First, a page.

Just 1.36 MW harnessed of a target of 1,150 MW; Deputy Commissioners not even aware of Div Com’s orders to find land for projects
SRINAGAR: Jammu and Kashmir has huge deficit in the electricity it requires to light up homes, yet it has not harnessed its plentiful energy resources, particularly solar energy.
Out of the total 1,150 megawatts which the state was supposed to harness from the sun, it has only harnessed 1.36 MW. Despite repeated reminders from Government of India, directions from the state administration, and reduction in targets, the situation continues to be the same.
This inefficiency has been perennial despite the state having to foot huge bills for buying power from states outside. Increased availability of solar energy would save the state Rs 5,000 crore in expenses and generate employment, too.
Solar energy is believed to be the cheapest and most environmentally sustainable source of energy. Its harnessing could do much to aid the state’s energy deficit. At present, the Jammu and Kashmir Government provides electricity mostly by purchases from various private companies despite the huge cost. In the last six years, the state, which has a 50 percent revenue generation gap between the energy bill it foots and the energy bill it realises, has spent over Rs 28,000 crore on purchase of power.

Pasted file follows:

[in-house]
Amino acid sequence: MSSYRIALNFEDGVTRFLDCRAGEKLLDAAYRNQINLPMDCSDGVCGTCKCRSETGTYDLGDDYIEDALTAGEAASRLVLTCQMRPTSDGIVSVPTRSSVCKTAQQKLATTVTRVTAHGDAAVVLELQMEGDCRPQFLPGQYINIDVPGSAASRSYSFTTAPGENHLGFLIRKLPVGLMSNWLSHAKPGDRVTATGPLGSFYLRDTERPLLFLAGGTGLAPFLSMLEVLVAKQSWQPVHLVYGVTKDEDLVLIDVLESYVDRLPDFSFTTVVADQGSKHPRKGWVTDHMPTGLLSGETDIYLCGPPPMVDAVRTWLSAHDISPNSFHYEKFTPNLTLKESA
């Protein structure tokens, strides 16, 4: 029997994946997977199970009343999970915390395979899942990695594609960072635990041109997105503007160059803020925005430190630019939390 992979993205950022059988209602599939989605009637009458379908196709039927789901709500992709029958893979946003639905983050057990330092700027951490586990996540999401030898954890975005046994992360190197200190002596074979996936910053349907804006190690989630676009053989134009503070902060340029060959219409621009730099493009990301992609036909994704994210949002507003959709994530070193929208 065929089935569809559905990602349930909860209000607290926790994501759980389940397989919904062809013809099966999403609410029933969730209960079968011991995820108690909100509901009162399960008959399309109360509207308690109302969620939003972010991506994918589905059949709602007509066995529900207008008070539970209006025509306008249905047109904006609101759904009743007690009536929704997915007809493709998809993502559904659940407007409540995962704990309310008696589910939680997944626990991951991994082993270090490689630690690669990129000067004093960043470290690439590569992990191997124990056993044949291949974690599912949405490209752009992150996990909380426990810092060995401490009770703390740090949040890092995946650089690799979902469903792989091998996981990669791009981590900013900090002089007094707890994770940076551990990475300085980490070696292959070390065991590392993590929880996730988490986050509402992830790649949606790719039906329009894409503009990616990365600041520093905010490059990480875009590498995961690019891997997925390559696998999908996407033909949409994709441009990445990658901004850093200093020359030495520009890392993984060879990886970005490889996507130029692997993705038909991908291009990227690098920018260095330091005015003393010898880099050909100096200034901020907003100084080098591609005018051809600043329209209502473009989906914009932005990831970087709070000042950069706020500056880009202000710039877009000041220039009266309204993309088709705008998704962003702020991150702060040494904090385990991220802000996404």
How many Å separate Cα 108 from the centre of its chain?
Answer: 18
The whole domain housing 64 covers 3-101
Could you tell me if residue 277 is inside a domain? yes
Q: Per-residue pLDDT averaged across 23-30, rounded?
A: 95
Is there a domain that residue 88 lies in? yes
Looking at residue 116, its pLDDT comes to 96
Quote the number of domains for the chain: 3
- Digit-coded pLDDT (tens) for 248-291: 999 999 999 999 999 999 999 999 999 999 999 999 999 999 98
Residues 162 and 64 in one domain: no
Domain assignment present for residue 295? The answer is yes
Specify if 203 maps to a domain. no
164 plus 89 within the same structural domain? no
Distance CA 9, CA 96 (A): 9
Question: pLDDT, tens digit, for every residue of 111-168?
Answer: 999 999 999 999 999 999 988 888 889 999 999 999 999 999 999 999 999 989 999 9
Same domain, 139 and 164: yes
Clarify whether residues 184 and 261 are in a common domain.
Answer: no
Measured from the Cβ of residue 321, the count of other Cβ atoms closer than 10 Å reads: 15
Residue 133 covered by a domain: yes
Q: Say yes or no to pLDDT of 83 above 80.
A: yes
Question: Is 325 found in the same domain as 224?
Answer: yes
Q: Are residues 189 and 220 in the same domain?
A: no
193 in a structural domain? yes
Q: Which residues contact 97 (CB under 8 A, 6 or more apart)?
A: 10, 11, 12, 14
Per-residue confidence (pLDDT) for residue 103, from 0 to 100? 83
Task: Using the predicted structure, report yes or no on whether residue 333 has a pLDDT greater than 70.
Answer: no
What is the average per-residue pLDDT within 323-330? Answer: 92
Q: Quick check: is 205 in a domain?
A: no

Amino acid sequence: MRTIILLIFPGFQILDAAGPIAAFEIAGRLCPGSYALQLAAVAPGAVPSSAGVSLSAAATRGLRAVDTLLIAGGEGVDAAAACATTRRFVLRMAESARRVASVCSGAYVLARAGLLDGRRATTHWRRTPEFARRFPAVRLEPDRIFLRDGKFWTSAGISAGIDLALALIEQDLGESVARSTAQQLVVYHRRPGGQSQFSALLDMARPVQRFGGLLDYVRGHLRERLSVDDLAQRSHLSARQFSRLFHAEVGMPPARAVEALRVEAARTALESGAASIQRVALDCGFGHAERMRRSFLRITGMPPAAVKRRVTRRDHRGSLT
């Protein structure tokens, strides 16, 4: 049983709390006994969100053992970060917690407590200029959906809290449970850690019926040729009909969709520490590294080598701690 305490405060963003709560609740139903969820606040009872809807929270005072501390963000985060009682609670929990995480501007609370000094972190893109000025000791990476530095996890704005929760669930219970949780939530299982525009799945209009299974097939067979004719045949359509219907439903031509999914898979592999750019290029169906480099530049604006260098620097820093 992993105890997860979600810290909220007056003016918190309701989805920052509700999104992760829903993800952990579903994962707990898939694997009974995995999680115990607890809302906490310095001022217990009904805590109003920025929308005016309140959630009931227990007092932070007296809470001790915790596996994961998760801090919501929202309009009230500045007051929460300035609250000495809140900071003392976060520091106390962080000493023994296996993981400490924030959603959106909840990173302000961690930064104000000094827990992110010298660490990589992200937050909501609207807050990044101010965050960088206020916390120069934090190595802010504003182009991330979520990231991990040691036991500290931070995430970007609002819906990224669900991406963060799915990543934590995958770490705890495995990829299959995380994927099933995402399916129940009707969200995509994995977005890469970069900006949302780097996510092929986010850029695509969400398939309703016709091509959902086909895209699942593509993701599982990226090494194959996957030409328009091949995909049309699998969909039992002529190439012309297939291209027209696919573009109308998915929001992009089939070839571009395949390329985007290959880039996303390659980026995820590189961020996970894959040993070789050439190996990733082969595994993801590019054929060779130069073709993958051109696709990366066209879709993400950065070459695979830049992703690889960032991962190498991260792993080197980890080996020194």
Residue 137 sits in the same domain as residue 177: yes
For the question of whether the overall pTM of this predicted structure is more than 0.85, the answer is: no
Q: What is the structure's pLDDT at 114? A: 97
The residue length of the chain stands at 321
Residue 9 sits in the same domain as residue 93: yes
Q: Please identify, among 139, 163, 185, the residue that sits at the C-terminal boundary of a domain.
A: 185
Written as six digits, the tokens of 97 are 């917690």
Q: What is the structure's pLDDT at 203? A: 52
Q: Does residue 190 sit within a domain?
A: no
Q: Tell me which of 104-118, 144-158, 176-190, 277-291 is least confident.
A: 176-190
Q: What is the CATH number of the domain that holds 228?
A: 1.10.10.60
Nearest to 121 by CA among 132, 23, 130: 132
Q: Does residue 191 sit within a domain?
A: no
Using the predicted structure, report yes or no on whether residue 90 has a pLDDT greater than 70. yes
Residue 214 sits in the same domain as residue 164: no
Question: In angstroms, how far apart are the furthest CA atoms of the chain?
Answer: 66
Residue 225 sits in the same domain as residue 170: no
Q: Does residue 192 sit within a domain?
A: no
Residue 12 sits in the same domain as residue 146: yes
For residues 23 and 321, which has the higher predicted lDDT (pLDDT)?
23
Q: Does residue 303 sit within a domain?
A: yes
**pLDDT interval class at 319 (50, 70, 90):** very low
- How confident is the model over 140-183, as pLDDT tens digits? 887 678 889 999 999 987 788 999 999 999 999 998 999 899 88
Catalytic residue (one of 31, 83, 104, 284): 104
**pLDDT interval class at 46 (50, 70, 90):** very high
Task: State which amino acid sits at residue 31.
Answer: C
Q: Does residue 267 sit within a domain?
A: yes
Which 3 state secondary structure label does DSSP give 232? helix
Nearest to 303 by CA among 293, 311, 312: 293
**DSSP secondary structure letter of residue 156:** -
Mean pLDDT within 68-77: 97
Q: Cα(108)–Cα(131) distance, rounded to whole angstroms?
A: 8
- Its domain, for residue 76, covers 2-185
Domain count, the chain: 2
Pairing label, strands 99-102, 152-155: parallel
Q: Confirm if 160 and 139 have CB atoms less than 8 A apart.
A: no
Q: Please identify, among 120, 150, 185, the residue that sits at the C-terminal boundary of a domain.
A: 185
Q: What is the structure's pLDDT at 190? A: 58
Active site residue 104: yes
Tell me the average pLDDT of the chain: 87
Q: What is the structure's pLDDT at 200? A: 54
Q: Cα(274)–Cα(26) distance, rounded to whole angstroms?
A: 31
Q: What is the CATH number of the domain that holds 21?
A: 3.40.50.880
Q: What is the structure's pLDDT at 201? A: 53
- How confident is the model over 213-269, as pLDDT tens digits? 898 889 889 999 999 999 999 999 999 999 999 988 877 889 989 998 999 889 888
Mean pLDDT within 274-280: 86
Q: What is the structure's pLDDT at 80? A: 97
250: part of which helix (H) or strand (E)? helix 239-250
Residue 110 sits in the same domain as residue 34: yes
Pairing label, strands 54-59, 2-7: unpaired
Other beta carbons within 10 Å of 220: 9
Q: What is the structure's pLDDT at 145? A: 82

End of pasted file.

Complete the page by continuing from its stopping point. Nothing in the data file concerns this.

The government has even failed to tap into the full potential of hydro power generation for the last many decades. J&K has an estimated potential of 16,000 MW in hydro power, but has till now harnessed only 3,000 MW.
As per a study conducted by the National Institute of Solar Energy, the state has a solar power potential of 111.05 GWp, the second highest in India after Rajasthan, which has a potential of 142 GWp.
Non-availability of funds, which often remains the reason for the delay of projects, has not been the reason in this case, but unavailability of land. The GoI has released close to Rs 150 crore for solar projects, Rs 49 crore in 2016-17, Rs 16 crore in 2017-18, and Rs 85 crore in 2018-19.
Last year, the divisional commissioner Kashmir even asked each deputy commissioner to identify land for a solar project, but the process has not moved beyond papers. Kashmir Reader spoke to deputy commissioners of seven Kashmir districts, most of whom were not even aware about the directions of the commissioner. Two commissioners, after they sought time for looking for the directions, said they had not received any from the commissioner. One DC said thathe had identified the land, sent the communication to the commissioner, but there was no follow-up.
Kashmir Reader has kept the identity of these officials hidden on their request.
As per Engaging Indian States (EIS), a knowledge portal which provides news and statistics of energy developments, context and analysis in India’s states, JK is on ninth position in the list of states that have lagged behind in harnessing solar potential. JK is even behind the neighbouring states of Punjab, which has harnessed 18 percent, and Himachal Pradesh, which has achieved 19 percent.
According to figures gathered by EIS, only seven states have made improvement in solar generation, with Andhra Pradesh leading with 2048 MW, followed by Gujarat (1262 MW), Karnataka (1260 MW), Madhya Pradesh (1116 MW), Rajasthan (2022 MW), Tamil Nadu (1697 MW), and Telangana (1609 MW.)